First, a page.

Sensory activities facilitate exploration and naturally encourage children to use scientific and psychomotor processes while they play, create, investigate and explore.
For this first activity we decided to do something really simple that the little ones can do themselves too! Rainbow ice is as simple as just adding a few drops of food colouring into the tray and mixing it with water.
- food colouring
For this activity we decided to let the little one try his hand at putting the colouring into the tray. This undoubtedly trained Tristan's dexterity and motor skills in picking objects as well as depositing. Note: depending on your child's motor skills, you might want to line the area with cloth or plastic so as to avoid getting accidental stains on the furniture when doing this part.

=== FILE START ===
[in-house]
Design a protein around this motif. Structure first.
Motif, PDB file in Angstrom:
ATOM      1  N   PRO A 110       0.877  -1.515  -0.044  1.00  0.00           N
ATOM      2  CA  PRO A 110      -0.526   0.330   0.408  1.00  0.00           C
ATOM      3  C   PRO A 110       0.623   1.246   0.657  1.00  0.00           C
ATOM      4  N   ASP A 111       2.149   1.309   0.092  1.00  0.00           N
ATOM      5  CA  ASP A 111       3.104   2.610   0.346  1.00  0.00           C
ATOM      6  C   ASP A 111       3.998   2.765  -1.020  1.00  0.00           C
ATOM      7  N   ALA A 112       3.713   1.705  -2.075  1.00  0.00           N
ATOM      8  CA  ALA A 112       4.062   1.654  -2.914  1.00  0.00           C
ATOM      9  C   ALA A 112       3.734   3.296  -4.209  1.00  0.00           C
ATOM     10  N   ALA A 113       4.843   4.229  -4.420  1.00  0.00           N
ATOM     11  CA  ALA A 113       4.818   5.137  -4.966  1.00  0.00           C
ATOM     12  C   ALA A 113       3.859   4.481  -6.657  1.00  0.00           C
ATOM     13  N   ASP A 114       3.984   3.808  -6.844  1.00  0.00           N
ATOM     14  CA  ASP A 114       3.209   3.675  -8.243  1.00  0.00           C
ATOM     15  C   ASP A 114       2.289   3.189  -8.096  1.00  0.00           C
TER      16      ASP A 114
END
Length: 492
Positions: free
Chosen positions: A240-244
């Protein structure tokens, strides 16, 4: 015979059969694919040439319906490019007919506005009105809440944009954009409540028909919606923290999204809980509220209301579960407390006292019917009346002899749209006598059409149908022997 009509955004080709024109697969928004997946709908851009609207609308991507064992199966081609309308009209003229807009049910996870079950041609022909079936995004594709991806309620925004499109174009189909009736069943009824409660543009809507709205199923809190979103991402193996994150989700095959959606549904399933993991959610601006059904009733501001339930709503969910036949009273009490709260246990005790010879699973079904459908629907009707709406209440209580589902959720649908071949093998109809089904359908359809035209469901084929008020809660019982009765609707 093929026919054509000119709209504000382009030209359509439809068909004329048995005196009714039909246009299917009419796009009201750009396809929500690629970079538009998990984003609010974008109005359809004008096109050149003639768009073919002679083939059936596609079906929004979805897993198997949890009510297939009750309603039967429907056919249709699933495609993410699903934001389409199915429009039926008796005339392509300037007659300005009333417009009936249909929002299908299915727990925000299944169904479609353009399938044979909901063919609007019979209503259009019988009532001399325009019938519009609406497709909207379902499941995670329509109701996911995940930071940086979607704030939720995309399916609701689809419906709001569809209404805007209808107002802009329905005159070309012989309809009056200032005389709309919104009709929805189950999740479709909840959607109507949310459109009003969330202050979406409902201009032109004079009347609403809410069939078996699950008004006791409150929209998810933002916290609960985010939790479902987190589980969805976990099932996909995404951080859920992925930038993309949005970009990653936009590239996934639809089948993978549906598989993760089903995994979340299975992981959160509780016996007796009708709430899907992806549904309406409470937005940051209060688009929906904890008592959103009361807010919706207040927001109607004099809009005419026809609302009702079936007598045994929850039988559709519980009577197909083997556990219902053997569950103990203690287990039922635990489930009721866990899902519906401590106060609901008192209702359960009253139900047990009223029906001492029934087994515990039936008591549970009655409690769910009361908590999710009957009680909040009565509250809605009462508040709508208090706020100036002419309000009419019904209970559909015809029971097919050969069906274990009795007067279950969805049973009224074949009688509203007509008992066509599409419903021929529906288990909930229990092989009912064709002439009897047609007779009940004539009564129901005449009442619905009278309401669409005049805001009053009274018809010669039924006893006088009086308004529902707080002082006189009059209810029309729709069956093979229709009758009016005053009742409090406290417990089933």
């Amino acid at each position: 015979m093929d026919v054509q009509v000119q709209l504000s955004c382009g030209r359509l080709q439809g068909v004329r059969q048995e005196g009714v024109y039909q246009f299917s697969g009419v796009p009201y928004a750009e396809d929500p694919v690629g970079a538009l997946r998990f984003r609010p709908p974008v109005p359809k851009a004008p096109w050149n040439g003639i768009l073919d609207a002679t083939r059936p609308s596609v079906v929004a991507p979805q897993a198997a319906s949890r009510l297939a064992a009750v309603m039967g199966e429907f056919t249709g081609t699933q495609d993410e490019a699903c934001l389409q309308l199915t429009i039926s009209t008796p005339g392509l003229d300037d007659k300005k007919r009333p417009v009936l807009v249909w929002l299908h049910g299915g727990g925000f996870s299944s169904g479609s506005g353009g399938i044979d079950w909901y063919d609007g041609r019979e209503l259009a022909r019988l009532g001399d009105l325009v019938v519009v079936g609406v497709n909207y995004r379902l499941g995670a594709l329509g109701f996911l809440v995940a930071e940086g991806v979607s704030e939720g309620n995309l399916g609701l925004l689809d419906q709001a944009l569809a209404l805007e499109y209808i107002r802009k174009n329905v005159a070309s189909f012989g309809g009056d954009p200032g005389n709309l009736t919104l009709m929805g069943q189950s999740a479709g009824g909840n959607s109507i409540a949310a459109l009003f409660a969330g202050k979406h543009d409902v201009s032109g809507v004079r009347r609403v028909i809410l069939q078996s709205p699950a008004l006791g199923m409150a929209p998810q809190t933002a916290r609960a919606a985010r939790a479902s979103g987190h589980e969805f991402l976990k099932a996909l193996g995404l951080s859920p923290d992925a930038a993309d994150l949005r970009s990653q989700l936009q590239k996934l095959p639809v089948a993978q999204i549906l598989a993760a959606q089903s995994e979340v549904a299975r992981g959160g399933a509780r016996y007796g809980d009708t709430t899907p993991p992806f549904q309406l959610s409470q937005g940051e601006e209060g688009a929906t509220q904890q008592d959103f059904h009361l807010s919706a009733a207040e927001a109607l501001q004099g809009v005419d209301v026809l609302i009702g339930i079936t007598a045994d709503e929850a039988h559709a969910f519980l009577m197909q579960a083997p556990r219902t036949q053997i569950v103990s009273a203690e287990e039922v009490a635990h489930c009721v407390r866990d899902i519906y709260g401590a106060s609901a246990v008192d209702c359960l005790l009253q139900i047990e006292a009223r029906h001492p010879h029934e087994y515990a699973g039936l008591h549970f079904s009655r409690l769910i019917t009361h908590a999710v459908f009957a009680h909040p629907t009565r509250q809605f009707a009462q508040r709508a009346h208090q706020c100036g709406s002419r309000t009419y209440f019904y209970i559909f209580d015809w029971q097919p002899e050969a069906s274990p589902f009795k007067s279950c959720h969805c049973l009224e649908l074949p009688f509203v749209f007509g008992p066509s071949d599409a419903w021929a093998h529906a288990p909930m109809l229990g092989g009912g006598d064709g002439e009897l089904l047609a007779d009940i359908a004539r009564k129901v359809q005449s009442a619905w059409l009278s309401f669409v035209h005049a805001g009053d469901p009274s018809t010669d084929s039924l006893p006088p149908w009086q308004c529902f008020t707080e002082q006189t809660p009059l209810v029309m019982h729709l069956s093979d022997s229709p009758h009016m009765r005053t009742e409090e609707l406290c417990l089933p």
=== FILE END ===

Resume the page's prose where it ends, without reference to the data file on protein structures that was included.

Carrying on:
Simply add water once the food colouring is in, then place the mixture in the freezer! The colour of your ice cubes undoubtedly depends on how much food colouring you add in, so feel free to mix it up!
After a few hours in the freezer, voila! We have hardened ice that is both safe to touch and looks beautiful! Note: the ice seems to melt extra fast, so be sure to take it out of the freezer only when you are ready to play with them.
Tristan gave a loud "WOW!" when he saw the ice and was so eager to get his hands dirty! Absolutely loved picking up the ice and feeling how cold the ice! It was a new experience as we don't normally touch ice!
He immediately set about decorating his new artwork with his coloured hands!
We especially loved rainbow ice because it is both safe (especially for younger children who might put their hands in their mouth) and a fun activity at the same time. Bonus points for being two activities in one, from making the ice (which was quick, simple and easy to make) to playing with the ice and even creating an artwork out if it.
Rainbow ice is definitely a go-to activity for us whenever we need a quick fix for the kids!
Try it out for yourself and let us know what you think!
Got an idea for our next play session? Email us at firstname.lastname@example.org or drop us a DM to suggest other sensory play ideas!